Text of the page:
Speeches

End of life choices inquiry report

March 21, 2019

Well, Madam Speaker, for a range of reasons it has been a remarkable 16 months since this inquiry began and we conclude with, I think I can safely say, an extraordinary report.

This report is the product of a significant amount of hard work of so many, not least the record-breaking number of people who submitted to this inquiry. It shows, without doubt, how important end of life issues are to Canberrans. 

And I want to put on the record my thanks that so many people took the time to share their experiences, to share their views, so many thoughtful and considered views, so candidly with the committee through submissions and appearances. 
For many it was very difficult to write their submissions, and to appear. And for still more it was too difficult to write a submission. But they too need to be acknowledged. Thank you.

As a result of the considerable evidence we have heard, as a committee we have not only prepared a substantial report, but we have also prepared meaningful recommendations which, if the Government chooses to implement them, I believe will genuinely make a difference to people at the end of their lives, and that will also, importantly, support our healthcare workers. The work we have done on palliative care in particular is critical. 

I want to acknowledge that every single recommendation in this report was agreed to by the entire committee. And that, probably to many people’s surprise, there is no dissenting report, and just one dissenting comment. 

It is important for me to draw attention to the final chapter, being the chapter on voluntary assisted dying, the appropriateness of a scheme in the ACT, and what a possible scheme could look like.

As most people are aware, right in the middle of this inquiry was the very unfortunate, and frankly shameful outcome, in the Senate that resulted in our Territory rights not being restored, meaning that, for the time being, we simply could not legislate in this space.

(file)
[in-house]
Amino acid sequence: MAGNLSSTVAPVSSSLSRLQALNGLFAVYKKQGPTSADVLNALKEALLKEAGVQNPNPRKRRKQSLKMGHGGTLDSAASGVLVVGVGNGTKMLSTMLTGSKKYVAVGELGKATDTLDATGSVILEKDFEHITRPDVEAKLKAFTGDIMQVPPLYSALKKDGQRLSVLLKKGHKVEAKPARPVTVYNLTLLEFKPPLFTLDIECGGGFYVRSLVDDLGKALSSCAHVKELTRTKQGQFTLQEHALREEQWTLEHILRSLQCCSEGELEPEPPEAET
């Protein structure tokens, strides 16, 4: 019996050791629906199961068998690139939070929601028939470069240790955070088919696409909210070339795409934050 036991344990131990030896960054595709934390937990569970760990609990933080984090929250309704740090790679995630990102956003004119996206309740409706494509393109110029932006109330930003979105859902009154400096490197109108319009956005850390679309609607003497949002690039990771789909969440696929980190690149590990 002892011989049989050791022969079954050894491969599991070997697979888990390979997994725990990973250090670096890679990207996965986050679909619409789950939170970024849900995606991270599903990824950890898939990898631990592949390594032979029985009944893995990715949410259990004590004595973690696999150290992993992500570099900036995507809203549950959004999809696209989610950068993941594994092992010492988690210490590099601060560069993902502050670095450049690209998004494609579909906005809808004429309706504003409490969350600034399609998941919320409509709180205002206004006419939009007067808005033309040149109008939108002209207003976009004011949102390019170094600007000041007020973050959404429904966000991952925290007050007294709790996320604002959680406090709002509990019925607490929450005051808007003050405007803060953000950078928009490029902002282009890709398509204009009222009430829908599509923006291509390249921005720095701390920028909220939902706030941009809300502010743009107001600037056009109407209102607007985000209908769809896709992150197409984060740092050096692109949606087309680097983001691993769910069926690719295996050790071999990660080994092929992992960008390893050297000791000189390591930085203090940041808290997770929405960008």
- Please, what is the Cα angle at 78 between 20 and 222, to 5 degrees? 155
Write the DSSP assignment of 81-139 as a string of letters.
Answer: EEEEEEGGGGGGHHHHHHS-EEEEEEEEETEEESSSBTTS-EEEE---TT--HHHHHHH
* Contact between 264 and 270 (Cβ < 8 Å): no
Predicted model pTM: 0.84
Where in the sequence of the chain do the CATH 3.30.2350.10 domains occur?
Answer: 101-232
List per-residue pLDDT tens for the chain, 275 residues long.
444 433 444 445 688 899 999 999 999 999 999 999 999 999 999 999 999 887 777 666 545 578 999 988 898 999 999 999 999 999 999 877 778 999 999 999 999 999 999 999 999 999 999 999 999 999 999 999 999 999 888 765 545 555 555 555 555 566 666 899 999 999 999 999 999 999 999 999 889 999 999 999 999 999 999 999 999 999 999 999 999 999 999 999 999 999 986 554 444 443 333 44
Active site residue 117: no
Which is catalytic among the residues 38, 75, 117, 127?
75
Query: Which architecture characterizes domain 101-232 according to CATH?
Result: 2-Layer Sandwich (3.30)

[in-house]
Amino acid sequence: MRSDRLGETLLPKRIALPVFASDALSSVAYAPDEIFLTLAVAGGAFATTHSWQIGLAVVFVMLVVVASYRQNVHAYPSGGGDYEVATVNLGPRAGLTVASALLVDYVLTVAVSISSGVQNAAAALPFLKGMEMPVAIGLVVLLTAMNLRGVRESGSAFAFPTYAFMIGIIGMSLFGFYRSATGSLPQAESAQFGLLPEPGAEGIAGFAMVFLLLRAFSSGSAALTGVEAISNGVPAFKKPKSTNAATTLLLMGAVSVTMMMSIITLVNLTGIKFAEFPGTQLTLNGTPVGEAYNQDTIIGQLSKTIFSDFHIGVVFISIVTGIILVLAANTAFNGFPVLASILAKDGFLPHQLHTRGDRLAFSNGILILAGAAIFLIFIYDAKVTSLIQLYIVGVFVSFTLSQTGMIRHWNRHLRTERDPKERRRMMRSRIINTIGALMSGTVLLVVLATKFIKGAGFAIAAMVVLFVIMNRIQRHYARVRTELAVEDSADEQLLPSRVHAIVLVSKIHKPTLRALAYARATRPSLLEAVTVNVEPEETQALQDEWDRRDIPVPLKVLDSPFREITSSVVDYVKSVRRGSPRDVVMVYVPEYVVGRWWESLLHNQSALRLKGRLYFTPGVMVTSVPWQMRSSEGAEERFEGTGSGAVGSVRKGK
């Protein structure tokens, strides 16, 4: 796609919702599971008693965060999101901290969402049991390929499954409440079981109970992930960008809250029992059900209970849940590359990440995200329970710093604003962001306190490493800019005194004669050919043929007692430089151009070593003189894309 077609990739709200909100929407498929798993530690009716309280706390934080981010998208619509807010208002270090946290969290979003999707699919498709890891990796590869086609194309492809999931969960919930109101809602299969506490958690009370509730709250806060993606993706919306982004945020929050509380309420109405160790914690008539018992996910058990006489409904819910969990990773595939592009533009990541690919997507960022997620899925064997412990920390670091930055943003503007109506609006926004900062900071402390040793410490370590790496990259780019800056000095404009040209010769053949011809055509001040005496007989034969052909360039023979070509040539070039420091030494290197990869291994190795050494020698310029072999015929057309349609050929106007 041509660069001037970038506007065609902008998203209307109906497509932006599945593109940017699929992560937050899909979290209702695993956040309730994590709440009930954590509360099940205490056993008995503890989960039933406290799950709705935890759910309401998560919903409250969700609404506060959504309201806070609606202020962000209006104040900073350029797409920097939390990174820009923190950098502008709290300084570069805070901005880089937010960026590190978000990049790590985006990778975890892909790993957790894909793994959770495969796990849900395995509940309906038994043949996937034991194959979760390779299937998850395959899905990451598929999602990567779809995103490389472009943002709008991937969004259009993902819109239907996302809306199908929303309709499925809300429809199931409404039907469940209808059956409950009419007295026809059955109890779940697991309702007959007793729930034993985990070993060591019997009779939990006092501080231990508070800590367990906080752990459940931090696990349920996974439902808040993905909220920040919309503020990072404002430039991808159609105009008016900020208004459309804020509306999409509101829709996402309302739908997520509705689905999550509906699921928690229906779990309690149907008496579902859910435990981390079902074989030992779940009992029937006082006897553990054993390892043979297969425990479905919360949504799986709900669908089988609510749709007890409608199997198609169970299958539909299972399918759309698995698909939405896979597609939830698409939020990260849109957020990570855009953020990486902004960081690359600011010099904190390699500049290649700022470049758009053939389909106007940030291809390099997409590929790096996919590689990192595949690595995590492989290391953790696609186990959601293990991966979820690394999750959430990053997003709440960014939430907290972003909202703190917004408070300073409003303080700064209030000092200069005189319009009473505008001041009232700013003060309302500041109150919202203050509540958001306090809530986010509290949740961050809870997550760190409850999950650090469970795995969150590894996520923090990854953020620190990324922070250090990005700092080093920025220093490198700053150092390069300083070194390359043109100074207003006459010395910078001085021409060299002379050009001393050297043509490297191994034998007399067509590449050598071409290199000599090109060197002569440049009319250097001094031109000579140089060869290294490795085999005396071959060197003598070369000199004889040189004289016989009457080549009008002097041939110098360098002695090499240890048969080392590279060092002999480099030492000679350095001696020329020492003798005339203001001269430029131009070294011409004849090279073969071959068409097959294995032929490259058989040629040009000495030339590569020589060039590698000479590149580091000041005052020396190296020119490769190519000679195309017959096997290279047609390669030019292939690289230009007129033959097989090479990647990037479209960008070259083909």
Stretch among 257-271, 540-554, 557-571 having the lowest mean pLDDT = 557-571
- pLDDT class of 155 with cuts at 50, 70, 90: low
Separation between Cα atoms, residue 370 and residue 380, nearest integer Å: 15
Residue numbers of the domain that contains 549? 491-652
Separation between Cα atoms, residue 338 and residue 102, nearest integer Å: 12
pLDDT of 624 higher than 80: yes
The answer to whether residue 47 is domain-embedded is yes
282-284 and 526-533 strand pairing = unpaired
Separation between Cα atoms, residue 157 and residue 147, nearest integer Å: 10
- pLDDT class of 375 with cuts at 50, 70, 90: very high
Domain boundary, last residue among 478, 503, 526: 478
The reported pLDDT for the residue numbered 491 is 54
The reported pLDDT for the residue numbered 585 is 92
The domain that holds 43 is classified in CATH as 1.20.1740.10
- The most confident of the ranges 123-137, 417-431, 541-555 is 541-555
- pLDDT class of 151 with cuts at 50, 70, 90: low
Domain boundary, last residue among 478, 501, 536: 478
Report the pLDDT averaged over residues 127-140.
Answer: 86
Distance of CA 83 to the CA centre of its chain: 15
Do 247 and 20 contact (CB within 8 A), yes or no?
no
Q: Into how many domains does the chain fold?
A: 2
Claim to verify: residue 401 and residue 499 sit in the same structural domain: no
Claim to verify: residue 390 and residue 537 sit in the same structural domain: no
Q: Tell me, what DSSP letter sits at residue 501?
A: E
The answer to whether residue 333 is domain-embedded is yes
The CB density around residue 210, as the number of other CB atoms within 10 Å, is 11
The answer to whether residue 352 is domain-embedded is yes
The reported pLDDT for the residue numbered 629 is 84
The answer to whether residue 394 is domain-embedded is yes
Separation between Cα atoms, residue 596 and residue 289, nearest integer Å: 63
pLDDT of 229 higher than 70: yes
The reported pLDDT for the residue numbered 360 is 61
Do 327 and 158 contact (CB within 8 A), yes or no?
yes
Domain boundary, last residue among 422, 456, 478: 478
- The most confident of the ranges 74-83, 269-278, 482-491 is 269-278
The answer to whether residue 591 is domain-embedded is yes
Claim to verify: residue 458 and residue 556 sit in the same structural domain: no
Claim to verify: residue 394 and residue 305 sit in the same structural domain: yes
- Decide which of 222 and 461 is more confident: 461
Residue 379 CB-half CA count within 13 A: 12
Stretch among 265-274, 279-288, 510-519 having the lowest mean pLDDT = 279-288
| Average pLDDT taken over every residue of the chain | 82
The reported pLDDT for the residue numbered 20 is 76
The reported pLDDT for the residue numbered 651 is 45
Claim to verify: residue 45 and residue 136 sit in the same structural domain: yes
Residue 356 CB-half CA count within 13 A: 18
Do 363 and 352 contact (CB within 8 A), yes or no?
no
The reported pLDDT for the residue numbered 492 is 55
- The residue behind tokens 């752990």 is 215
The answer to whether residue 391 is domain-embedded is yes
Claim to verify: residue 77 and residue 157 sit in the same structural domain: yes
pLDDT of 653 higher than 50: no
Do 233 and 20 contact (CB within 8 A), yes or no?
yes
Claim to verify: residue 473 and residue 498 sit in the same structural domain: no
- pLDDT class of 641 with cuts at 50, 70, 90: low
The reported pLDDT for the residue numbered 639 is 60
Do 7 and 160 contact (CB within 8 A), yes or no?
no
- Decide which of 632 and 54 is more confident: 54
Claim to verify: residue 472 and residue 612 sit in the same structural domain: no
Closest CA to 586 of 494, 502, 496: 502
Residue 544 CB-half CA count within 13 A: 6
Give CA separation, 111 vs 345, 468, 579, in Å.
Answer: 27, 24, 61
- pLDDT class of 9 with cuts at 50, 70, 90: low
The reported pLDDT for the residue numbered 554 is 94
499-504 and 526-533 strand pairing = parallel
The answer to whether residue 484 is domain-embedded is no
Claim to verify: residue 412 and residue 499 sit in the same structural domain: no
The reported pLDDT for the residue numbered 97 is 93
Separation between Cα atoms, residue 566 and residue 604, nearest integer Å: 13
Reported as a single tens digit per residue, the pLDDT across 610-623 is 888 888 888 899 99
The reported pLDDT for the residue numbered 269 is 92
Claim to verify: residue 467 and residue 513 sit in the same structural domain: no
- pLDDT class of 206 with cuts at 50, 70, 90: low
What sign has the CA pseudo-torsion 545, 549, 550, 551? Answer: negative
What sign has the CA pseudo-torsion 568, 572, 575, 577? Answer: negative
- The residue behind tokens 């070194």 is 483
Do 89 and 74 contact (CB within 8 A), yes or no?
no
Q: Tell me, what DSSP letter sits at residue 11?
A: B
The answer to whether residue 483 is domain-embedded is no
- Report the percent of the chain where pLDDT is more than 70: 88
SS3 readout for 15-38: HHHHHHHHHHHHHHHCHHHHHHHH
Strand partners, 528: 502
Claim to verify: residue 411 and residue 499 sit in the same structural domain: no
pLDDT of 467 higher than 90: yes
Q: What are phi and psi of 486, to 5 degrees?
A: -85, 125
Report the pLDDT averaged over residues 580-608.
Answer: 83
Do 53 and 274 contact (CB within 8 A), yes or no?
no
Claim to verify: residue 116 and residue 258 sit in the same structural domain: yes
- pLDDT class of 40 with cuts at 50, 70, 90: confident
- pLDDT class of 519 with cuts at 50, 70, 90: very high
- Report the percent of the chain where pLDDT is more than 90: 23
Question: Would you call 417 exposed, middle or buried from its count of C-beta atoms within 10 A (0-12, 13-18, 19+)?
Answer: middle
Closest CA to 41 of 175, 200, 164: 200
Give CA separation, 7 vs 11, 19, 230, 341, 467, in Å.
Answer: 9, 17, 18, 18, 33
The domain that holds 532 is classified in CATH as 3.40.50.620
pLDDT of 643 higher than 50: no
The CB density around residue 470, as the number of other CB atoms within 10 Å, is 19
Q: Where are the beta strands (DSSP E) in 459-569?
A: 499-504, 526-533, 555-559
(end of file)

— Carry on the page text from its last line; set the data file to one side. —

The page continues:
This Assembly historically passed its first ever remonstrance in response to the Senate and I do not think there is any doubt on my views regarding that. 

I now only hope that there is a change of federal Government, and with it, a change of approach to this, and I thank the Chief Minister for his continued leadership and advocacy in this area, within the party at a national level.

Following what happened in the Senate, as a Committee we did not resile from the issue voluntary assisted dying. But the reality is that it put the Committee in a very difficult position in terms of the approach we could take regarding voluntary assisted dying. 

We considered that it would be very difficult to draft genuine recommendations when taking into account the Government’s genuine capacity to respond, as it is required to do, within the next three months in current circumstances. This is all described at length in the report. 

But we of course received an extraordinary amount of evidence on this issue and I, and a majority of members of the committee, determined that there was consistent evidence of how a voluntary assisted dying scheme should operate if we are ever in a position to legislate for it, and if the Assembly were ever minded to do so.

While this comment in the report is short, it is very weighty. How the scheme could and perhaps should operate is backed by an extraordinary amount of evidence which is footnoted and I would draw anyone reading this report’s attention to it – especially those in the future, when, I hope we are in a position to agree on doing this, and on legislating for it. 

This has been incredibly important work and I am proud of Canberra and Canberrans, and all the organisations, who have been able to put us in the best possible position we can be in with this evidence, for the point in the future when we can legislate. 

I want to draw particular attention to the evidence we heard from the Higgs-Heine family and Ms Katarina Pavkovic which I think left an indelible impression on the Committee and this is also highlighted in the report.

It’s also appropriate at this point to thank all of the committee members for their work and the collegiate way we worked together, under the chairing of Ms Cody, across three parties and, at times, quite divergent views. 

But I really want to put on the record my thanks to Mrs Dunne. I think it will be of great surprise to many that we worked together on this issue in particular at all, but we not only worked together but worked very hard together on this chapter in particular. I really personally thank her for her openness to negotiate on perhaps one of the most important reports this Assembly has produced. 

The result is this report, an agreed report, and an extraordinary report. 

I commend it to the Assembly.